The Pandavas were human in nature but had divine qualities which they nurtured and built with the help of their preceptor Guru Drona, a Brahmin Rishi, who was the head teacher of all their education, along with those of the 100 Kauravas, the cousins of the Pandavas. Lord Krishna, who was the son of Kunti’s brother, plays an equally central role in supporting the Pandavas during their exile imposed cunningly by the Kauravas. During the Pandavas exile, the King of Drupada organised a contest, called Swayamvar, where his daughter, Draupadi, would marry the one who won the contest. The contest was to hit the eye of the circularly rotating fish in the sky - an imaginary construction - with a bow and string, by looking down on the image of the fish in a water pond below. To add a surprise, there was a sixth Pandava, Karna, who had been born when Kunti, while being single, had called the Sun God Surya to test the mantra, who gave her this magnanimous son. But being single and to save her identity from being maligned, Kunti reluctantly had to abandon Karna who was picked up by a childless couple who worked as a charioteer in Hastinapur. Karna was unmatchable in vigour, knowledge, deeds, charity, and skills of all kinds. Arjuna was the only match for him. Karna too turned up at the contest, but having been denied entry by Draupadi for being a son of unknown parents and a son of a charioteer, Arjuna was the only one to accomplish the feat and win the contest.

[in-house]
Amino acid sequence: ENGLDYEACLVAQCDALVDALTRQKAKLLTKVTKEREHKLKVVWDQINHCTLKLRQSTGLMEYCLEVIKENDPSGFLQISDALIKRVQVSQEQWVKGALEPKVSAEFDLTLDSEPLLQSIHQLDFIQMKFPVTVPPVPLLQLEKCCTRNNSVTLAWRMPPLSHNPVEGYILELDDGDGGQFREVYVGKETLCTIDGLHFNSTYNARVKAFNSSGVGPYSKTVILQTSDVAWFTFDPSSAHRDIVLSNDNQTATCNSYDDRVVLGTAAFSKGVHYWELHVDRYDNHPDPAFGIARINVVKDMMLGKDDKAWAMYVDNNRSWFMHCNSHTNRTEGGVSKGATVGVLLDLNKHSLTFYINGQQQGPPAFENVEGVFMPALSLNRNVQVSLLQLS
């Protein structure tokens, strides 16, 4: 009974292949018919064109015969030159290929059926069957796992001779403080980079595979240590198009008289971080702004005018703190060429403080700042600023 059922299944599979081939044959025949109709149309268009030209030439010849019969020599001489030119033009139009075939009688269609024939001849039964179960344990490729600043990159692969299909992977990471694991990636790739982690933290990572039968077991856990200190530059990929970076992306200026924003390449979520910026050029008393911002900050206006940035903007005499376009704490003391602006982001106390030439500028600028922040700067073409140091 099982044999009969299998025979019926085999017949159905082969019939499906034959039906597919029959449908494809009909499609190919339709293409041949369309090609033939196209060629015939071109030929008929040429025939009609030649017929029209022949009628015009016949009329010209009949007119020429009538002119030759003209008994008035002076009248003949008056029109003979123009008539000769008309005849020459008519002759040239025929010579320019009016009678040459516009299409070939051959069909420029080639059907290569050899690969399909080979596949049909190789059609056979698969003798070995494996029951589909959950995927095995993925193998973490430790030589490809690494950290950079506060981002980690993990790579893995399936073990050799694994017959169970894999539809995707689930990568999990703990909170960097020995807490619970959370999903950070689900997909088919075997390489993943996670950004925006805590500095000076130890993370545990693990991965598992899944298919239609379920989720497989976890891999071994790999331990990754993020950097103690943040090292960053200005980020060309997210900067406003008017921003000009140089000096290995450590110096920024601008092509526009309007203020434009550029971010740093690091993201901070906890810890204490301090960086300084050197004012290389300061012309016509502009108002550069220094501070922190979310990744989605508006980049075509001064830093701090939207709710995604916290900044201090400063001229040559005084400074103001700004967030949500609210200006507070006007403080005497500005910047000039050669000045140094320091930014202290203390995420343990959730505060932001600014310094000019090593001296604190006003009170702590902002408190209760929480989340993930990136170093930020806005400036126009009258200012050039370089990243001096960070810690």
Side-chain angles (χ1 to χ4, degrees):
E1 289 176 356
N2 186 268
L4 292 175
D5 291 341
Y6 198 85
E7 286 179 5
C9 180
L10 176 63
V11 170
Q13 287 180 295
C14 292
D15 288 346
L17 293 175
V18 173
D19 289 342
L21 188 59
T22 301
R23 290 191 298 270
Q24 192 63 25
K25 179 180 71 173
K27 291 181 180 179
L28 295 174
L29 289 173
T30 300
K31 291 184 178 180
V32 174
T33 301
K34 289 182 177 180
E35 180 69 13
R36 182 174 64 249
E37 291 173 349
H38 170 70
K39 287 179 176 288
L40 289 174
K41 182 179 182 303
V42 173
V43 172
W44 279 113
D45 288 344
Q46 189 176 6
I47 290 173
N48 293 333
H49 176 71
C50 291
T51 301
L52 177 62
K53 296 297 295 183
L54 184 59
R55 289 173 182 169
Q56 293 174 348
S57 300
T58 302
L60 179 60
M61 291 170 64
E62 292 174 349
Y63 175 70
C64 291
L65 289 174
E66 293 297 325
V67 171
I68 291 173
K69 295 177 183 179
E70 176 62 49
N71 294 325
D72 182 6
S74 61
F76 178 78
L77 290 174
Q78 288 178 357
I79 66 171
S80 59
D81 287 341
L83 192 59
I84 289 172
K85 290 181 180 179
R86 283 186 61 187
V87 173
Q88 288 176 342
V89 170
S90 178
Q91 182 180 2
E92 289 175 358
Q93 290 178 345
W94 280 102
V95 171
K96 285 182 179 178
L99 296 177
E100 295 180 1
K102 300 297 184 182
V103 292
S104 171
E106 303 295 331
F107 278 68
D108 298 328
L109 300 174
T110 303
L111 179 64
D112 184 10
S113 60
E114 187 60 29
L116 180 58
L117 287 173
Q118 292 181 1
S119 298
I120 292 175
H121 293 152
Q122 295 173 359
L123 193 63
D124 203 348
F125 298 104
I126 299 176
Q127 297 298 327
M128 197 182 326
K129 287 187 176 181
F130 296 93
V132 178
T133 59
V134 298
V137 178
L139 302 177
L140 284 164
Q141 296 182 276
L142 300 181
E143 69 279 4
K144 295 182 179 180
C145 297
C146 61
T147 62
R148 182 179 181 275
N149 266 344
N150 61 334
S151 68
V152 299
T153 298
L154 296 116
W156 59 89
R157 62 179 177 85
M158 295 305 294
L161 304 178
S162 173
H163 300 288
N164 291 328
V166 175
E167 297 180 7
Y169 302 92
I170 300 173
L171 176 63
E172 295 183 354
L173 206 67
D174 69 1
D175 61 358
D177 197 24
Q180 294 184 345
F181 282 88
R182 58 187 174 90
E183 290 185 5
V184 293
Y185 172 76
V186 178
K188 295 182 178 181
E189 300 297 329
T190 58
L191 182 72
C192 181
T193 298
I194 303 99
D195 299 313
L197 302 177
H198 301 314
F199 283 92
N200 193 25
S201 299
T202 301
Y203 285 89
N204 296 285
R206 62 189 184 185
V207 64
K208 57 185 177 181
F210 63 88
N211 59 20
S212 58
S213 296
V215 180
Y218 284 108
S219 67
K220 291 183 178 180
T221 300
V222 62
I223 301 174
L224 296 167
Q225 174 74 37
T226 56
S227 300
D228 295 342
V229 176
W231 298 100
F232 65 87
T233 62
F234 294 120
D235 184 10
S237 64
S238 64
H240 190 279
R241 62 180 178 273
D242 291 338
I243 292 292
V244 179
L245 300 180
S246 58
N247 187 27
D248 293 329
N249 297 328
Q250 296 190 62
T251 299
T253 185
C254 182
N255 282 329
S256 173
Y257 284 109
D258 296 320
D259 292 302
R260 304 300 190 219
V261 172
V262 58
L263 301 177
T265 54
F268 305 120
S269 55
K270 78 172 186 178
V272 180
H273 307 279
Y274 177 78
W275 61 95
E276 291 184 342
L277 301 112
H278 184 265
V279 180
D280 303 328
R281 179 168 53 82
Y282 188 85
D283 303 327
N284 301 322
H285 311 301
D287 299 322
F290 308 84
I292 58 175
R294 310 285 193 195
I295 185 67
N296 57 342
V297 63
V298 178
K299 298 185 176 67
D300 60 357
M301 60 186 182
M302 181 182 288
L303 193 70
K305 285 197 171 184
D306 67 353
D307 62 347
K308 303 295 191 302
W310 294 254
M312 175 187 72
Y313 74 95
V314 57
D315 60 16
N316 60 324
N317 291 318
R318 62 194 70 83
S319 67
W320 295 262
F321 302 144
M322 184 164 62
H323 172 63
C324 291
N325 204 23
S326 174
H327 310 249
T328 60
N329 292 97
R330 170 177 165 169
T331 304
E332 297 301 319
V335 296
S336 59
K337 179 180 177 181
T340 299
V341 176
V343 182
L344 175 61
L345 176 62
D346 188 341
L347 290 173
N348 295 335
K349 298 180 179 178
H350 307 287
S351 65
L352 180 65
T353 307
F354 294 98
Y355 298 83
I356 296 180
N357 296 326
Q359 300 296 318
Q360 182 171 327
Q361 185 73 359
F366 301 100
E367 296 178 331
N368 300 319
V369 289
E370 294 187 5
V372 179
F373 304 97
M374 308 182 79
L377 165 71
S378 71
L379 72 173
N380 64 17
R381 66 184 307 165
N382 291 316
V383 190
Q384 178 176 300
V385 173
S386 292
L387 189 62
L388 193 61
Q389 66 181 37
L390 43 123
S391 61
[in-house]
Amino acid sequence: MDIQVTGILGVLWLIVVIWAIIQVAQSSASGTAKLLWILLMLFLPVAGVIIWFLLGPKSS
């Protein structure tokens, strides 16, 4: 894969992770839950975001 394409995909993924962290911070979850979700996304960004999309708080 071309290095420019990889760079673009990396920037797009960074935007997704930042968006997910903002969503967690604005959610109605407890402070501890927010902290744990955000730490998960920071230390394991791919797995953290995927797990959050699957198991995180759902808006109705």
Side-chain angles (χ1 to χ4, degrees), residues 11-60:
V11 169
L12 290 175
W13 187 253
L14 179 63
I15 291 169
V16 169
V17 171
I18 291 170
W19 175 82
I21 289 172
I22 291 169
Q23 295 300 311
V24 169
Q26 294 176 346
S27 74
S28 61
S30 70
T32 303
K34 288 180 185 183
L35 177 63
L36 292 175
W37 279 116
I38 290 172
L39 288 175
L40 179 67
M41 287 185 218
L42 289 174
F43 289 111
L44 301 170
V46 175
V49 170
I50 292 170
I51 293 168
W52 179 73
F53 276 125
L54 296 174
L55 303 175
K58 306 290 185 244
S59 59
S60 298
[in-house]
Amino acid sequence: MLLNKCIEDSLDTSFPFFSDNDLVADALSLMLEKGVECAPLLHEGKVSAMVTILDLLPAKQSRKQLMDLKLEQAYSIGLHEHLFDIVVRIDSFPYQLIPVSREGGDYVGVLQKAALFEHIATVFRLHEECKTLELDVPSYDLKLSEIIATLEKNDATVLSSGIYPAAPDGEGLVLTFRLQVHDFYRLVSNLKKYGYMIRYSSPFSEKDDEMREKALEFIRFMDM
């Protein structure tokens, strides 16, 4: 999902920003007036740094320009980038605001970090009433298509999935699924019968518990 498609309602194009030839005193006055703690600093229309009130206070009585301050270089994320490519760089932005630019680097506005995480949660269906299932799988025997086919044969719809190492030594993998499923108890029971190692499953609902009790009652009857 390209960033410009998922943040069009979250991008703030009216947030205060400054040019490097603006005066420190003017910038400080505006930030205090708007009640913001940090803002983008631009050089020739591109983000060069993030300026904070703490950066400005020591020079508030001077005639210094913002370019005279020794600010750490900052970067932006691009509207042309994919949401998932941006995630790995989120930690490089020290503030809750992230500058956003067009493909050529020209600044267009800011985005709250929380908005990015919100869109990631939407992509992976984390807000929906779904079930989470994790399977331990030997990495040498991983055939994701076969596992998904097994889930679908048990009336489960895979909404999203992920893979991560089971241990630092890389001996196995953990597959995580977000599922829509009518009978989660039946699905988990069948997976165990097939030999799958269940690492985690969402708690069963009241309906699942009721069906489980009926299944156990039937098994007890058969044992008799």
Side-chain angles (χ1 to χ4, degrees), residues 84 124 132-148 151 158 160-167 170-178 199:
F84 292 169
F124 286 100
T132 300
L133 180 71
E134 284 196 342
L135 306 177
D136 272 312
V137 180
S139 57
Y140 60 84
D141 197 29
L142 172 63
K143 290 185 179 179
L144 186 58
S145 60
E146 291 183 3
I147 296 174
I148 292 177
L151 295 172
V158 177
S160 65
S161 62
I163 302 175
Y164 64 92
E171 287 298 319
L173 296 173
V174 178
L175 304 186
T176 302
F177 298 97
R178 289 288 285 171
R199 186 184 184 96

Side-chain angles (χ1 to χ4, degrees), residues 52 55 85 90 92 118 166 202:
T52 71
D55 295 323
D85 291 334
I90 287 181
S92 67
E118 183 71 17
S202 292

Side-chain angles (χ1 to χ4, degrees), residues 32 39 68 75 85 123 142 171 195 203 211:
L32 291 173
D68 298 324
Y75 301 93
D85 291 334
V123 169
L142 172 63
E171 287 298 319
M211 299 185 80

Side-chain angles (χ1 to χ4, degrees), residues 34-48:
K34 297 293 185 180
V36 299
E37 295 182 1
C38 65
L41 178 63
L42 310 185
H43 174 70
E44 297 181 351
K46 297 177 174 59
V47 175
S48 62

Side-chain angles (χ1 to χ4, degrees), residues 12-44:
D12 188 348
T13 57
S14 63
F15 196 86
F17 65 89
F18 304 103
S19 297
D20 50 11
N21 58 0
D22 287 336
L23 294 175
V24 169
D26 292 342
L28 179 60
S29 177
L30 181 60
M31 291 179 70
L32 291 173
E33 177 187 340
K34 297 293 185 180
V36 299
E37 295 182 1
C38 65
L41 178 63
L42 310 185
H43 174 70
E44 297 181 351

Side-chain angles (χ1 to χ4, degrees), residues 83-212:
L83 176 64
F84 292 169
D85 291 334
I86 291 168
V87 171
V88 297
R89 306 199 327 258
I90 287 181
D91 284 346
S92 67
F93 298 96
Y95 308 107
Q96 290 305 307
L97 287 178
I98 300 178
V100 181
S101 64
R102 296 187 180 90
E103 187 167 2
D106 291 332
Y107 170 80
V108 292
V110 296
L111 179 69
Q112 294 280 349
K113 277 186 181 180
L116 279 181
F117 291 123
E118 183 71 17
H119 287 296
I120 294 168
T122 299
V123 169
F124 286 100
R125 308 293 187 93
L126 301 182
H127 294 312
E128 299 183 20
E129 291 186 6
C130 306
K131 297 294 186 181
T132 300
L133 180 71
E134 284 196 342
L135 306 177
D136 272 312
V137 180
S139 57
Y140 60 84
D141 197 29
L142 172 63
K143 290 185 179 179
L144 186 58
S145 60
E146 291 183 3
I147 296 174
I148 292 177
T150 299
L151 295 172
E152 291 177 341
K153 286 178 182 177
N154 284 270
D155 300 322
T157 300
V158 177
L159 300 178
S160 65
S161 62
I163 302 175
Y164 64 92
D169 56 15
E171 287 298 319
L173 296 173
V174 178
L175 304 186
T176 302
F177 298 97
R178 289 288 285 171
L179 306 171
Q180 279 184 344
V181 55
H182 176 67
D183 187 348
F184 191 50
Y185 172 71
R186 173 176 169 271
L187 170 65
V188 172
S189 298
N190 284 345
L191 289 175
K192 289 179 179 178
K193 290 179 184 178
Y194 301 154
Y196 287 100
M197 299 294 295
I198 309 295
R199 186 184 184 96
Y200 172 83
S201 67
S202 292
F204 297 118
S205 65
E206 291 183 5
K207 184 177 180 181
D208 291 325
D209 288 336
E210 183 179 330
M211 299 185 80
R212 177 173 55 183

Yudhistira's name indicates steadfastness at all times, even at war when things are most difficult. As he was the son of Yama, he was the most righteous and steadfast, a follower of Dharma in all walks of life, and shining like the brilliant sun in the knowledge of law, ethics, and morality. He was the most righteous of the brothers never having spoken a lie in his life, except during the final war where he was made to suppress the loud truth through neutrality. He was such a steadfast man of righteous deeds that his chariot while moving would remain a few inches above the ground. Unfortunately, due to this fondness for righteousness, he was duped during a game of dice with the Kauravas to gamble his wife Draupadi and lost her. His deeds are enormous and he is the only one of two examples (the other is Lord Rama) off the practice of righteousness in all modes and conditions of life, even if that meant killing oneself.
Bhima was the son of the Wind God Vayu, indicating the fierce force and braveness that he inherited. He was the mightiest of the brothers, both in physical prowess and in skill and speed. He was fond of eating and often took the lion’s share of the shared meals of the Pandavas. He was fond of cooking, was a great cook and employed himself as a chief cook in the last year of the Pandavas exile where they were to supress their identity and live unknown to the world. He was the one who took an oath to kill the 100 Kauravas as a result of losing the game of dice and watching helplessly their only wife, Draupadi, getting disrobed by Dushashana, younger brother of Duryodhana.